The-Tibetan-Book-of-Living-and-Dying

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The-Tibetan-Book-of-Living-and-Dying

298 THE TIBETAN BOOK OF LIVING AND DYING

The shifting and precarious nature of the bardo of becoming

can also be the source of many opportunities for liberation,

and the susceptibility of mind in this bardo can be turned to

our advantage. All we have to do is remember one instruction;

all it needs is for one positive thought to spring into our mind.

If we can recall any teaching that has inspired us to the nature

of mind, if we have even one good inclination toward practice,

or a deep connection with a spiritual practice, then that

alone can free us.

In the bardo of becoming, the buddha realms do not appear

spontaneously as they do in the bardo of dharmata. Just by

remembering them, however, you can transfer yourself there

directly by the power of your mind, and proceed toward

enlightenment. It is said that if you can invoke a buddha, he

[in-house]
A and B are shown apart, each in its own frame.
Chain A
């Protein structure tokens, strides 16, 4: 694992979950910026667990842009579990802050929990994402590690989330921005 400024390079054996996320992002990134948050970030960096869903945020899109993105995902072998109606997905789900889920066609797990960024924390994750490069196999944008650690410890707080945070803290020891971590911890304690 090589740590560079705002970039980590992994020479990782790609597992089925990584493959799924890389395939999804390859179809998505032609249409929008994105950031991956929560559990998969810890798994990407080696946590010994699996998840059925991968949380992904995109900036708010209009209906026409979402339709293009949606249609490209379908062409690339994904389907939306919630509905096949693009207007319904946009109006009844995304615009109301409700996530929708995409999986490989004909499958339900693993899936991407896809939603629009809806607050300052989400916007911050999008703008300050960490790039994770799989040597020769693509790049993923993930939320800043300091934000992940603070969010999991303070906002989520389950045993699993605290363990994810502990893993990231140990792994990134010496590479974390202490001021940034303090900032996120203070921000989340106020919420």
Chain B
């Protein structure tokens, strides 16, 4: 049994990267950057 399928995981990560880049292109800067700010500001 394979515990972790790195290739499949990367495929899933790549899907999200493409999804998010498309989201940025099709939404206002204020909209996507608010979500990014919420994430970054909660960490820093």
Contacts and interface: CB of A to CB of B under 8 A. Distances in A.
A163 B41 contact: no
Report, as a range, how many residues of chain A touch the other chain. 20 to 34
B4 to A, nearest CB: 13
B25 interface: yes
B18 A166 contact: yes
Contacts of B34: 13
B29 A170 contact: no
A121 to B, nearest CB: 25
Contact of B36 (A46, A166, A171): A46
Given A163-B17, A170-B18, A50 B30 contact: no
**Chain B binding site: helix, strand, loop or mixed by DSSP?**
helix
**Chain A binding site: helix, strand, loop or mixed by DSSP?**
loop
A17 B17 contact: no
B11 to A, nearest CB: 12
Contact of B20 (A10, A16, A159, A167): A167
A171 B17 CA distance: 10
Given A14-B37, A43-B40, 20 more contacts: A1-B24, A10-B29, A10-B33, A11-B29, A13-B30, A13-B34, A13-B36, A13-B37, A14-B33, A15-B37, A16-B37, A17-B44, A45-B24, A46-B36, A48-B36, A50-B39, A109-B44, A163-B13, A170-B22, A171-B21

will immediately appear before you. But remember, even

though the possibilities are limitless, we must have at least

some, if not total, control over our mind in this bardo; and

this is extremely difficult, because the mind here is so vulnerable,

fragmented, and restless.

So in this bardo, whenever you can suddenly retrieve your

awareness, even for a moment, immediately recall your connection

with spiritual practice, remember your master or buddha,

and invoke them with all your strength. If in life you

have developed the natural reflex of praying whenever things

become difficult or critical, or slip beyond your control, then

instantly you will be able to invoke or call to mind an enlightened

being, such as Buddha or Padmasambhava, Tara or

Avalokiteshvara, Christ or the Virgin Mary. If you are able to

invoke them fervently with one-pointed devotion, and with all

your heart, then through the power of their blessing, your

mind will be liberated into the space of their wisdom mind.

Prayer in this life may seem sometimes to bring little result,

but its effects in the bardo are unprecedentedly powerful.

Yet the description I have given you of the bardo shows

the sheer difficulty of focusing the mind at this juncture, if we

have had no previous training. Think how almost impossible

it is to remember something like a prayer in a dream or nightmare,

how impotent and powerless we feel in them; in the

bardo of becoming it is just as hard, if not harder, to collect

our thoughts at all. This is why the watchword of the Tibetan

Book of the Dead, repeated over and over again, is: "Do not be

distracted." As it points out:

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